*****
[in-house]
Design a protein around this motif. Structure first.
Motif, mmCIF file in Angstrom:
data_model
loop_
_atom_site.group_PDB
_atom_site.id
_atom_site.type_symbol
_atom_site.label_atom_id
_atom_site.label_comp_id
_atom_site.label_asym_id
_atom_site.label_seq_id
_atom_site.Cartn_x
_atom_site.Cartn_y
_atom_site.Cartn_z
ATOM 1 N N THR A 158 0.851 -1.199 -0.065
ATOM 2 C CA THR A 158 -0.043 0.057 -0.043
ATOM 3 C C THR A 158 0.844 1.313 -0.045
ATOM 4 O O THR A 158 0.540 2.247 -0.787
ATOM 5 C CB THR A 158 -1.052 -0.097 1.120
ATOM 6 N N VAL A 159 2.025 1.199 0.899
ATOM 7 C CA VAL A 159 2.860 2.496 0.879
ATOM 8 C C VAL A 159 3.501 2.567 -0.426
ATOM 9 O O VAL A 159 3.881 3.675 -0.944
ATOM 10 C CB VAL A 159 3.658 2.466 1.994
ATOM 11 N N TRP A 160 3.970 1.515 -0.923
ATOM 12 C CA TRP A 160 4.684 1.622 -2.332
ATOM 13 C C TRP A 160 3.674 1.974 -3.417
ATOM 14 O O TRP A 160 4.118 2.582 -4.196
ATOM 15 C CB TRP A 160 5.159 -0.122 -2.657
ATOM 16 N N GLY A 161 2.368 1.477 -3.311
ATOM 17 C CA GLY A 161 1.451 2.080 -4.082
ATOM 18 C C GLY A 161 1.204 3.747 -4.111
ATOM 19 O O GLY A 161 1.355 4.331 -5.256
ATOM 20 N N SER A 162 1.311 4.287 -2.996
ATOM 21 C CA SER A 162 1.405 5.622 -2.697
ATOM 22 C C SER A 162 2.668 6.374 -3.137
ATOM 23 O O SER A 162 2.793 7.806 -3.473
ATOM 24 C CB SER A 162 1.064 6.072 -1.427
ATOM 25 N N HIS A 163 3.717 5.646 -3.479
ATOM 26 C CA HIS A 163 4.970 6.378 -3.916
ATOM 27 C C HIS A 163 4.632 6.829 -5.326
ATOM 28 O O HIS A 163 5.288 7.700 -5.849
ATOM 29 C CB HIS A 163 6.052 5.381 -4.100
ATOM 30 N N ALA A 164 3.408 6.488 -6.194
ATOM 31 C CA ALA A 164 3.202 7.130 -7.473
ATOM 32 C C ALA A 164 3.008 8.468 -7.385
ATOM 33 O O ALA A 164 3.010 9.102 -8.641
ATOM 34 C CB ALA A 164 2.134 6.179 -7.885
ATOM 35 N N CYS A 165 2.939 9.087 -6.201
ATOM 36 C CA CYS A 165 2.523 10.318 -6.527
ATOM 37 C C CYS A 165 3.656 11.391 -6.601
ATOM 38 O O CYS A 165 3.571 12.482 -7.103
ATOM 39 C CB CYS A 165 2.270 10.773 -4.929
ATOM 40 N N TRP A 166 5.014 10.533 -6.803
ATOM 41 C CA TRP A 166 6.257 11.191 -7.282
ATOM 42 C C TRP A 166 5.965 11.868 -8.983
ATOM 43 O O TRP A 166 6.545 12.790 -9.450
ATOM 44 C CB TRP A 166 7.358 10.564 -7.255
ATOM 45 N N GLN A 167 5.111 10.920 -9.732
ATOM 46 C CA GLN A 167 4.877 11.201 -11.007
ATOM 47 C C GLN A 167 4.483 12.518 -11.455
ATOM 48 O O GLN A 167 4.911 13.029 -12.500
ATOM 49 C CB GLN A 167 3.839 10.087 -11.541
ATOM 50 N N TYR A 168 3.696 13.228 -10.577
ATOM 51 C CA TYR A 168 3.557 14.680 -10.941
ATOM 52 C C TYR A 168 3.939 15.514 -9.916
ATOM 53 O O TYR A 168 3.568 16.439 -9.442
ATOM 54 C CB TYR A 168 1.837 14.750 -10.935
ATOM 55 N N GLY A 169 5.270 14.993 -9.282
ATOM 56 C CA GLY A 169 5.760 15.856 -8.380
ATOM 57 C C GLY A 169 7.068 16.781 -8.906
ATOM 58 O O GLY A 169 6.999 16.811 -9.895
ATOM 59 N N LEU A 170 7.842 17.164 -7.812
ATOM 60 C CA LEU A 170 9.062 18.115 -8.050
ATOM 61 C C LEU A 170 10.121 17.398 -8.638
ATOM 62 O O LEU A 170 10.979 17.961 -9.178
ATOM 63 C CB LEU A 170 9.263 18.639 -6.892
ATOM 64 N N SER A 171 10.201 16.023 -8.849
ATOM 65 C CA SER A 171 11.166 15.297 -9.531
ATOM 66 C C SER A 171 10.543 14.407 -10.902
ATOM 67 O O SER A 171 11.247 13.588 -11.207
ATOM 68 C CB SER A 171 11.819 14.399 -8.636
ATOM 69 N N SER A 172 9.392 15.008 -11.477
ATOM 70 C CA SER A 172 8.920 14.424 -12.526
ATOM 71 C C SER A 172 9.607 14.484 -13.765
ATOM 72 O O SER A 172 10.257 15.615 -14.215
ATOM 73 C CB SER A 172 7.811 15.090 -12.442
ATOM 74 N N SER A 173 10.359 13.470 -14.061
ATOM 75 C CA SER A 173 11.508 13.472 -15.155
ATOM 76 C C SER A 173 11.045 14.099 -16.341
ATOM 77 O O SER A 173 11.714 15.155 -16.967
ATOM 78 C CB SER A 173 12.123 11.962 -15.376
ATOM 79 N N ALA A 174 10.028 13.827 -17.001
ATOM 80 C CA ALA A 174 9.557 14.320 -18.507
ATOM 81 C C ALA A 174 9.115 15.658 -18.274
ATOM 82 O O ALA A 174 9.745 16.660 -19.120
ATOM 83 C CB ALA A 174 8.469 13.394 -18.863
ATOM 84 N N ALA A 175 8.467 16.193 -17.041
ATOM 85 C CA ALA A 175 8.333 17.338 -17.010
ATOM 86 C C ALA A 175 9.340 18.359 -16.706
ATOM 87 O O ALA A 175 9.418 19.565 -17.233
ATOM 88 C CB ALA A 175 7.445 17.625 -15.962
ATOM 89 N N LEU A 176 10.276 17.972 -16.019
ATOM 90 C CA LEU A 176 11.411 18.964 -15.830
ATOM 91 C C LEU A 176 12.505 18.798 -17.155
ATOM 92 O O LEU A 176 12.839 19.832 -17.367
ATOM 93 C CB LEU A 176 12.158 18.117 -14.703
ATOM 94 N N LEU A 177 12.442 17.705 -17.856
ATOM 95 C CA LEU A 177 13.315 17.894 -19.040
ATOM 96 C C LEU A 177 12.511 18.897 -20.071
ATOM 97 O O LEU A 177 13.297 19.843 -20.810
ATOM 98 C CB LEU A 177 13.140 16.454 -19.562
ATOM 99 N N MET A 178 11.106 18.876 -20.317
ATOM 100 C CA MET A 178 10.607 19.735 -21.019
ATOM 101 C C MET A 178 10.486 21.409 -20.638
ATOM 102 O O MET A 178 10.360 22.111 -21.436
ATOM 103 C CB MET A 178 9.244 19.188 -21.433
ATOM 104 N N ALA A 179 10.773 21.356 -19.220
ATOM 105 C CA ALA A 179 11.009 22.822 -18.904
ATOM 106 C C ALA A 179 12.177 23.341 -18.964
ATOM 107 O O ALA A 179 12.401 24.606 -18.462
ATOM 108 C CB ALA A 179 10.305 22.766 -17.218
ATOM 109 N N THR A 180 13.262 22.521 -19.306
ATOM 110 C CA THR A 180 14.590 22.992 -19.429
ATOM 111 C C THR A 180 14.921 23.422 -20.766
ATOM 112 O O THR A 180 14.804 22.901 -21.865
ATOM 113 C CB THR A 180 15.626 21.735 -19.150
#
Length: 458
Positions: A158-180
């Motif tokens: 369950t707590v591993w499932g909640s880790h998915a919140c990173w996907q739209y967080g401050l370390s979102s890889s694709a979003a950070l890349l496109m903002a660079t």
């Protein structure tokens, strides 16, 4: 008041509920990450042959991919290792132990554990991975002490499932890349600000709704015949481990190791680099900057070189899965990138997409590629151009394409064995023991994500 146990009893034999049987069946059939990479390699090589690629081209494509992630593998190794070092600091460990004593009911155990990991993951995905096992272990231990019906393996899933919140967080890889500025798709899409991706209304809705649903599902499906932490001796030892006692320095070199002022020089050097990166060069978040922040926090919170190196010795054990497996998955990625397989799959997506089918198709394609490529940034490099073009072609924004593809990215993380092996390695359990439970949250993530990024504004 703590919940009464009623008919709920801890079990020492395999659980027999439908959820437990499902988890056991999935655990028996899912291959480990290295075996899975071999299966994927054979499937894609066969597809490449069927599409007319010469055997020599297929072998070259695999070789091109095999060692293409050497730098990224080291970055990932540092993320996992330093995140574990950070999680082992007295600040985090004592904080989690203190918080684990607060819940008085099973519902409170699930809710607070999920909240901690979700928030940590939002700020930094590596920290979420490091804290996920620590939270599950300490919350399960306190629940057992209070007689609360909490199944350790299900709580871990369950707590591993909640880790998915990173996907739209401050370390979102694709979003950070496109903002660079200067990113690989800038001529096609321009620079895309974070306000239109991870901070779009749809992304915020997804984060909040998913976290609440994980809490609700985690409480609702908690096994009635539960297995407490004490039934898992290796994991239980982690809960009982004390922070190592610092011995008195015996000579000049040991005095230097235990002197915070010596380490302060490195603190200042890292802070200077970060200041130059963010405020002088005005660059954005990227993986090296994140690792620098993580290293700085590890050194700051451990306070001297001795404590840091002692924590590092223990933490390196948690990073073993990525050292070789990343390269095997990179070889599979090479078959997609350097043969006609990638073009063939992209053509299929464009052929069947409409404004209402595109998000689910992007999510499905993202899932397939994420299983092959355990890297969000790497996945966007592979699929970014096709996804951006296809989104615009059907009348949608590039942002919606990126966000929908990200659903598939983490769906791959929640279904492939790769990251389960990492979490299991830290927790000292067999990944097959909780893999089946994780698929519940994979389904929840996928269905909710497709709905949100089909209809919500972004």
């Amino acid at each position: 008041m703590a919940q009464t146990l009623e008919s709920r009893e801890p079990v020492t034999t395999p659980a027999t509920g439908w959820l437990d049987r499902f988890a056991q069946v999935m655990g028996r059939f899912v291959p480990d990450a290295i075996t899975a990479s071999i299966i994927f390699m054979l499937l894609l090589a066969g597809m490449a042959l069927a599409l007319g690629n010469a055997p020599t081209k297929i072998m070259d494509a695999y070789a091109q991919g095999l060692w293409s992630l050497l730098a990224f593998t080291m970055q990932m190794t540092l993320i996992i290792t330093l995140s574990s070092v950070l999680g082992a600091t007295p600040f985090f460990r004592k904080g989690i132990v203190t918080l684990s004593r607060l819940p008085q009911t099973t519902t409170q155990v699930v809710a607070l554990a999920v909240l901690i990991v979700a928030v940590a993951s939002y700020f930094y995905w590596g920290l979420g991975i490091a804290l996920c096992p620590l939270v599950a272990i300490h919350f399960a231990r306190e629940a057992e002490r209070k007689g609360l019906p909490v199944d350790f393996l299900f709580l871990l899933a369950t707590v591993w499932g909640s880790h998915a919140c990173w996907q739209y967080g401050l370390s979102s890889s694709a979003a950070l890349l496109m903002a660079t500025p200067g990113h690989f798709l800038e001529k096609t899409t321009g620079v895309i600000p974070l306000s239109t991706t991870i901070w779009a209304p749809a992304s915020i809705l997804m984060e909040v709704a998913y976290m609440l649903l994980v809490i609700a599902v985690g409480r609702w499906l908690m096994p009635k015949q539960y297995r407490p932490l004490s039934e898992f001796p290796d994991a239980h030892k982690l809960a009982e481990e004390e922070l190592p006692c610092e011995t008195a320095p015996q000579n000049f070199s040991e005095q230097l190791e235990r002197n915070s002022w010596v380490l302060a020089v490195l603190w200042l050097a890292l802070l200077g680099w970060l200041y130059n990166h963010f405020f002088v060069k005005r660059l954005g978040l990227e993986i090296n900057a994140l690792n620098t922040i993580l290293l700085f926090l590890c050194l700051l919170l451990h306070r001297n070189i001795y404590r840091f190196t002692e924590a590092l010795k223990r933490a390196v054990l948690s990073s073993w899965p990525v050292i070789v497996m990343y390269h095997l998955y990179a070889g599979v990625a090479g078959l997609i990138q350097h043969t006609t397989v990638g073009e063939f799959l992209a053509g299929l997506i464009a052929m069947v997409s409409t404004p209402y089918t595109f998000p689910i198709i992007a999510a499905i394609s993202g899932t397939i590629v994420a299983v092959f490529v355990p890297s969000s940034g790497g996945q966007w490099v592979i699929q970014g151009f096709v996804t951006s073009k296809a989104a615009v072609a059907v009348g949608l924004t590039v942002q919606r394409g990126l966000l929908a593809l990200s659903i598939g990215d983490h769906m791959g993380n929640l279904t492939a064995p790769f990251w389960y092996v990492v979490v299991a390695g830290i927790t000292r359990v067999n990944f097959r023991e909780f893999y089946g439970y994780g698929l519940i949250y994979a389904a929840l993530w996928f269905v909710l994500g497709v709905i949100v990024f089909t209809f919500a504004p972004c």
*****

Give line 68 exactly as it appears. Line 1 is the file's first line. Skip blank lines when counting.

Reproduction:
ATOM 53 O O TYR A 168 3.568 16.439 -9.442